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Journal of Sensors and Sensor Systems An open-access peer-reviewed journal
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Volume 5, issue 2
J. Sens. Sens. Syst., 5, 433–446, 2016
https://doi.org/10.5194/jsss-5-433-2016
© Author(s) 2016. This work is distributed under
the Creative Commons Attribution 3.0 License.
J. Sens. Sens. Syst., 5, 433–446, 2016
https://doi.org/10.5194/jsss-5-433-2016
© Author(s) 2016. This work is distributed under
the Creative Commons Attribution 3.0 License.

Regular research article 22 Dec 2016

Regular research article | 22 Dec 2016

An 868 MHz 7.5 µW wake-up receiver with −60 dBm sensitivity

Sadok Bdiri1, Faouzi Derbel1, and Olfa Kanoun2 Sadok Bdiri et al.
  • 1Faculty of Electrical Engineering and Information Technology, Leipzig University of Applied Sciences, Wächter Str. 13, 04107 Leipzig, Germany
  • 2Faculty of Electrical Engineering and Information Technology, Chemnitz University of Technology, Reichenhainer Str. 70, 09126 Chemnitz, Germany

Abstract. In wireless sensor networks (WSNs), batteries are unlikely to be replaced or recharged once they get depleted, because of costs and feasibility. In a typical application, sensor nodes should be accessible and able to respond within a defined period of time, especially in real-time applications. However, the idle listening of the radio wastes most of the energy since the radio transceiver is constantly active. On the other hand, putting it into sleep state disconnects the node from the network. To cope with such a challenge, an ultra-low-power radio receiver referred to as a wake-up receiver (WuRx) handles the idle listening while keeping the main radio completely off. A WuRx consumes much less power than the main transceiver and triggers an interrupt only when a packet with a user-defined address is received. Embedding such a device enables better event-triggered applications where real-time behavior is required and a longer lifetime is mandatory. The proposed WuRx features practical sensitivity and includes the minimum number of active components in order to remain within the power budget. In this paper, an ultra-low-power WuRx with a power of 7.5 µW and a sensitivity of −60 dBm is developed. The decoding process of 16 bit of a wake-up packet (WuPt) takes less than 15 ms.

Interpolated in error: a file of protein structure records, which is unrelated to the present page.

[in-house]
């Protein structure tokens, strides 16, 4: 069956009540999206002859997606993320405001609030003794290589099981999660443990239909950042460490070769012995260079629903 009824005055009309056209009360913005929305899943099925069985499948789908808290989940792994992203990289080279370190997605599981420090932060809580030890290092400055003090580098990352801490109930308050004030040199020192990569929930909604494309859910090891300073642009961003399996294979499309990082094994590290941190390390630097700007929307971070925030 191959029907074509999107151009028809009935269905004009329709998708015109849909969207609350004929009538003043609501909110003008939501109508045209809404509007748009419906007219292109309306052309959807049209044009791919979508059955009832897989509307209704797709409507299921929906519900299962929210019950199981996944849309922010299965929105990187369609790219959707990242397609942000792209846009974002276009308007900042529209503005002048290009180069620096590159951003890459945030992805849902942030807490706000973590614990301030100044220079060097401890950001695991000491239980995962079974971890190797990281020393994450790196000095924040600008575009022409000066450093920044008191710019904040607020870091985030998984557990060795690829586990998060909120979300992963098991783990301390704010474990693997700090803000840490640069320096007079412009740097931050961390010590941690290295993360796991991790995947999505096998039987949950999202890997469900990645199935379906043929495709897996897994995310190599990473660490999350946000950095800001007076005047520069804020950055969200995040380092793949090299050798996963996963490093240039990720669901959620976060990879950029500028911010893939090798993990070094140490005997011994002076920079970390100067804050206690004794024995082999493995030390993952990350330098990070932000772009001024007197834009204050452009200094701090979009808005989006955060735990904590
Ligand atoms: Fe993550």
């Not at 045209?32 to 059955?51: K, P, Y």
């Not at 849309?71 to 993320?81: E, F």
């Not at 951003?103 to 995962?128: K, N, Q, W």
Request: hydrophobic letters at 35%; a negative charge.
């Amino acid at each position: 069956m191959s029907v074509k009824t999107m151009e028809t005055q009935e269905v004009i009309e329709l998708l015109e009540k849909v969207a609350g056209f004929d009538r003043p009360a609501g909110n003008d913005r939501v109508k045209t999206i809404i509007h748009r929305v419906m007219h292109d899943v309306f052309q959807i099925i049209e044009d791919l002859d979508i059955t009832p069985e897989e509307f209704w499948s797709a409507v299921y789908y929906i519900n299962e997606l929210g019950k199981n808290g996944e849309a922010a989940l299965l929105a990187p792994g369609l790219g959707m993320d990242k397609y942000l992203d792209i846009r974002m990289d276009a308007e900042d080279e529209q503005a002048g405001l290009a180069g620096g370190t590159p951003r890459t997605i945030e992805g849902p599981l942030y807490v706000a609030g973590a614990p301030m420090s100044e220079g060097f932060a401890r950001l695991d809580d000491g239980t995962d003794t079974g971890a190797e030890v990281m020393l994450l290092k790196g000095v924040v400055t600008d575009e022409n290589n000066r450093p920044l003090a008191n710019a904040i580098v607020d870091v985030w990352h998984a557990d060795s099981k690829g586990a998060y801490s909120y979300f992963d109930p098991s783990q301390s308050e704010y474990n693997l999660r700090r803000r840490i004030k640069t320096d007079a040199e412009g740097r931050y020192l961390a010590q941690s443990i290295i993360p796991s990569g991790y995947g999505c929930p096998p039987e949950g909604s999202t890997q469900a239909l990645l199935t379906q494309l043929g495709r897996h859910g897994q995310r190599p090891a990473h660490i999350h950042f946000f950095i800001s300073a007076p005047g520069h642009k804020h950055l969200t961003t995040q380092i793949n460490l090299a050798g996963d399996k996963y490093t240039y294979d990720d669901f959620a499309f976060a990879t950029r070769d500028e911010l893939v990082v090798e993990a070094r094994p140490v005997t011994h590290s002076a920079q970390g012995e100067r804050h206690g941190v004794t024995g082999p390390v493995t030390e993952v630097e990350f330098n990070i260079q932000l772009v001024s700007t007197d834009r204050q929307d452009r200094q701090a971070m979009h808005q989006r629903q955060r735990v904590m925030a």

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To promote WSNs for IoT, energy consumption must be reduced to enable more applications. The power need by a sensor node is governed by the radio component. A wake-up receiver is an ultra-low-power radio receiver. It serves for idle listening whilst leaving the node in sleep state. The main research focus of WuRxs is to reduce energy usage and to improve sensitivity. In this work, active components are carefully used to construct a 7.5 µW WuRx with −60 dBm sensitivity and a latency of 10 ms.
To promote WSNs for IoT, energy consumption must be reduced to enable more applications. The...
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